On Thursday, U.S. Rep. Terri Sewell, AL-07, introduced a resolution recognizing February 4th as “World Cancer Day.” This year’s theme to “Close the Care Gap” draws attention to the importance of raising awareness and launching efforts to eliminate racial, ethnic, and geographic inequities and disparities that exist in cancer care both in the United States and globally.
“Whether you have been diagnosed with cancer yourself or watched a loved one undergo treatment, we know that every family on Earth has been affected by cancer in some way,” said Rep. Sewell. “We also know that cancer doesn’t affect every community equally, as minority and underserved communities continue to experience higher rates of cancer diagnosis and death. It is my hope that by recognizing February 4th as World Cancer Day, we can draw attention to these disparities and work to eliminate them. Through our collective efforts, we can pave the way for a world without cancer.”
It is estimated that 1 in 5 people will develop cancer during their lifetime across the globe. In the U.S., more than 1.9 million new cancers and more than 600,000 cancer-related deaths occurred in 2023. In 2024, it is projected that new cancer cases will exceed 2 million for the first time.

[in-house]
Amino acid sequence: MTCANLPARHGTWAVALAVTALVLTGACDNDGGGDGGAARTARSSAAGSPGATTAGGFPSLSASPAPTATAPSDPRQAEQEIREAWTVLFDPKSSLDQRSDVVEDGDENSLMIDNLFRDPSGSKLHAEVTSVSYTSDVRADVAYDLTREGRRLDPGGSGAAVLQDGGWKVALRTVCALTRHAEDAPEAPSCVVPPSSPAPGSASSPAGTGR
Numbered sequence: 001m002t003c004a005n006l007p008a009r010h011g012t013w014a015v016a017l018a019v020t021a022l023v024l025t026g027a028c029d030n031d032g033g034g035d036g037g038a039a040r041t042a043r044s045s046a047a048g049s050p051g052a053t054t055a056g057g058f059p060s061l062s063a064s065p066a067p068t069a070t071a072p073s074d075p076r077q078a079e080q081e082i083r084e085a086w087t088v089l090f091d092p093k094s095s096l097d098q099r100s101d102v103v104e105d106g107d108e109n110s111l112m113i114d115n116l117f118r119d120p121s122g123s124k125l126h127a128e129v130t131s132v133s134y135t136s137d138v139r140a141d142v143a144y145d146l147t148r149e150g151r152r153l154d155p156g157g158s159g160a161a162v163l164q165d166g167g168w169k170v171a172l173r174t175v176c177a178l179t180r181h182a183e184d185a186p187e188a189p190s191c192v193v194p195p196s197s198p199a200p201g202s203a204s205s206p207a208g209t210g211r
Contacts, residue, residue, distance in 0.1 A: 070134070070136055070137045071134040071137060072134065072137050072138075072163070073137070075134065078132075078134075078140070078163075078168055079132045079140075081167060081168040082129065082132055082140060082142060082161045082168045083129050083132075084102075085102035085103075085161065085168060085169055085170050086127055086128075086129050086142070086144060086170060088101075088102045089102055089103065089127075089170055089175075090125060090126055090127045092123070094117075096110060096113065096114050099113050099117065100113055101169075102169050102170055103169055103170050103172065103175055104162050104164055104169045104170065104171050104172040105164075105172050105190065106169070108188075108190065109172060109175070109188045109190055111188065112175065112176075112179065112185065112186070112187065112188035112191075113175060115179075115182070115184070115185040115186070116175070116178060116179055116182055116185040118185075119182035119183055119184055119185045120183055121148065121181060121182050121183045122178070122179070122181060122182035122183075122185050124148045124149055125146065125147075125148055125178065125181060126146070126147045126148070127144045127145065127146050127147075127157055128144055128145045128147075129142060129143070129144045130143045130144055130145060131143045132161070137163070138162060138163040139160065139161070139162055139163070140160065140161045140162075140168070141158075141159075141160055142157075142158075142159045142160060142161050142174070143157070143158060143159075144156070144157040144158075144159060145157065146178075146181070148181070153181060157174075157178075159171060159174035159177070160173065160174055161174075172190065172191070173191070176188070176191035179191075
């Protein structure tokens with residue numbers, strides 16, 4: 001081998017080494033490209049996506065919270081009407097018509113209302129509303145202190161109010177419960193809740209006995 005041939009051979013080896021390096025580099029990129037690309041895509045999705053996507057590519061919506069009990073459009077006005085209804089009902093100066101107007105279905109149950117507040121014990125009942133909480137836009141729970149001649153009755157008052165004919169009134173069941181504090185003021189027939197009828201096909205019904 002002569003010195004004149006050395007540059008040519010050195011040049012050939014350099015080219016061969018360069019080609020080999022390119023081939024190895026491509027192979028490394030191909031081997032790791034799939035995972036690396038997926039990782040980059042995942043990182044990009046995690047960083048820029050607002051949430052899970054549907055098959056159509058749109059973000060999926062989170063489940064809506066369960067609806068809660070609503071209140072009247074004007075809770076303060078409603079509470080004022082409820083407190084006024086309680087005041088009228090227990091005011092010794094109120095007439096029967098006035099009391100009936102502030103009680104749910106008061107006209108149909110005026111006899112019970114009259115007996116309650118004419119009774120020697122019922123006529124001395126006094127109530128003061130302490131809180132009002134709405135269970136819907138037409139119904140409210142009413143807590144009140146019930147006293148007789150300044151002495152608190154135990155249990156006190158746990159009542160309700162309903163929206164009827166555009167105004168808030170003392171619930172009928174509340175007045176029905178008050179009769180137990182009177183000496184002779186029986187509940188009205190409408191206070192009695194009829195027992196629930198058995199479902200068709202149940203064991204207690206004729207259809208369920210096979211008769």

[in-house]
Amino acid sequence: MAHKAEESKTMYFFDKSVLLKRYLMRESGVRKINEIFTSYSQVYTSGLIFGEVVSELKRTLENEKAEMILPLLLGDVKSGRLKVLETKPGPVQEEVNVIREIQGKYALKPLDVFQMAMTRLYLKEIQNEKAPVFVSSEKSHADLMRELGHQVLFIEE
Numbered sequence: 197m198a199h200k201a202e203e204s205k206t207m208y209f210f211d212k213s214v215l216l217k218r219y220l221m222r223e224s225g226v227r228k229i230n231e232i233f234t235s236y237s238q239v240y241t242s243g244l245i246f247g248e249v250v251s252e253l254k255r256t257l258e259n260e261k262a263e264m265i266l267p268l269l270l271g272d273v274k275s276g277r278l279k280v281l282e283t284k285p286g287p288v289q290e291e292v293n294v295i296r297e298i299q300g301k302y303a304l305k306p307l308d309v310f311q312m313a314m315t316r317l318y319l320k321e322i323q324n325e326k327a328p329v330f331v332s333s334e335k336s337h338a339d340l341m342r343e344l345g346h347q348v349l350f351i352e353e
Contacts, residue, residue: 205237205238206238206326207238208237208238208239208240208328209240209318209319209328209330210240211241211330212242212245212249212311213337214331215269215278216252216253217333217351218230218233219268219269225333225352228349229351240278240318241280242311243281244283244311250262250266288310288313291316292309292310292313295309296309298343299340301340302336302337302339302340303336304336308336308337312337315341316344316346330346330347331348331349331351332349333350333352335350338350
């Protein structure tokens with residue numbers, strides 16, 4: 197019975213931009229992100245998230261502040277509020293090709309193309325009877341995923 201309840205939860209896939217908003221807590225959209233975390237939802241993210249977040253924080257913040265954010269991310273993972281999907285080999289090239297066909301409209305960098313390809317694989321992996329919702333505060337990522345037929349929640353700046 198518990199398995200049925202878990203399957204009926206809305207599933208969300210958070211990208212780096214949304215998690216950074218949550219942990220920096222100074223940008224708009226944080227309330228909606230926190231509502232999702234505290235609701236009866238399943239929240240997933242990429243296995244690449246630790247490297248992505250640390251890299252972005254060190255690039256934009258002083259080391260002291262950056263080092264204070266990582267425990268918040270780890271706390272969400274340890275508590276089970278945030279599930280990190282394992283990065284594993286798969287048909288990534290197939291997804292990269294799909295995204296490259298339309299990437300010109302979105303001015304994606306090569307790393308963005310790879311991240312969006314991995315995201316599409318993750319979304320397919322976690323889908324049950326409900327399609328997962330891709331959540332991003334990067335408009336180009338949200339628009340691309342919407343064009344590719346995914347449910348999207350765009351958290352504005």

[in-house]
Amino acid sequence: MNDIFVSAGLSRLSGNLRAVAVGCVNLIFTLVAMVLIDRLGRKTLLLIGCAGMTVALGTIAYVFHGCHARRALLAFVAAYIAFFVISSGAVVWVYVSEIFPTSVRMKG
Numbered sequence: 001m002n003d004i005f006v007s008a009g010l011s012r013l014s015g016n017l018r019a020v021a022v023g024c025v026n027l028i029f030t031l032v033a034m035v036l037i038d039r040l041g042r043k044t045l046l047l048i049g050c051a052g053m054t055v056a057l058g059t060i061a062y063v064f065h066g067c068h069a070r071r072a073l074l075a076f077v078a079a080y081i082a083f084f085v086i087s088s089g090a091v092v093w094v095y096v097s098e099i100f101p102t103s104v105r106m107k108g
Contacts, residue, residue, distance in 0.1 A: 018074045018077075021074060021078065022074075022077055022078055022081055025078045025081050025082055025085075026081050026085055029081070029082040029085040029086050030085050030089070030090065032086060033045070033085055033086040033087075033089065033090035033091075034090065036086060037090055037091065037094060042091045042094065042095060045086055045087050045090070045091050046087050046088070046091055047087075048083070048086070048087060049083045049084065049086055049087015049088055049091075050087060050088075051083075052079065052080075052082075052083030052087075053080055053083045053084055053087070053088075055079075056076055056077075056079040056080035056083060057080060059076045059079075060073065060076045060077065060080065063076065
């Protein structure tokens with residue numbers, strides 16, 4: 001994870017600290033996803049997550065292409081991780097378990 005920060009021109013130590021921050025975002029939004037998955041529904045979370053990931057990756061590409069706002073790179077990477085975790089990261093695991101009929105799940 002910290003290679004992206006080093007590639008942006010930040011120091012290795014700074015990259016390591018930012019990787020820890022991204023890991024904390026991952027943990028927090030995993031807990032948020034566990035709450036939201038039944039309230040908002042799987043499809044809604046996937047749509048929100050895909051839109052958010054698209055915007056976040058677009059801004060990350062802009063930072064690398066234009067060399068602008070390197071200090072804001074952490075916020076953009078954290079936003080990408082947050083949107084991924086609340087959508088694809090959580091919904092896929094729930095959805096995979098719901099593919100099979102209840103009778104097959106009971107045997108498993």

Unfortunately, disparities still exist in cancer care, with members of racial and ethnic minorities experiencing disproportionately higher rates of cancer incidence and mortality relative to their white counterparts. While prevention and early detection initiatives have helped to reduce cancer care inequities and improve patient outcomes, significant work must be done to further address disparities in screening, diagnosis, and treatment for groups such as African Americans, Latinos, Asian Americans, and American Indian/Alaska Natives.
The World Cancer Day Resolution was cosponsored by Reps. Robin Kelly, IL-02, Bonnie Watson Coleman, NJ-12, and Raul Grijalva, AZ-07. It is also supported by the American Cancer Society Cancer Action Network (ACS CAN), the National Minority Quality Forum (NMQF), the National Comprehensive Cancer Network (NCCN), and the Alliance for Cancer Care Equity (ACCE).
Resolution text is available here.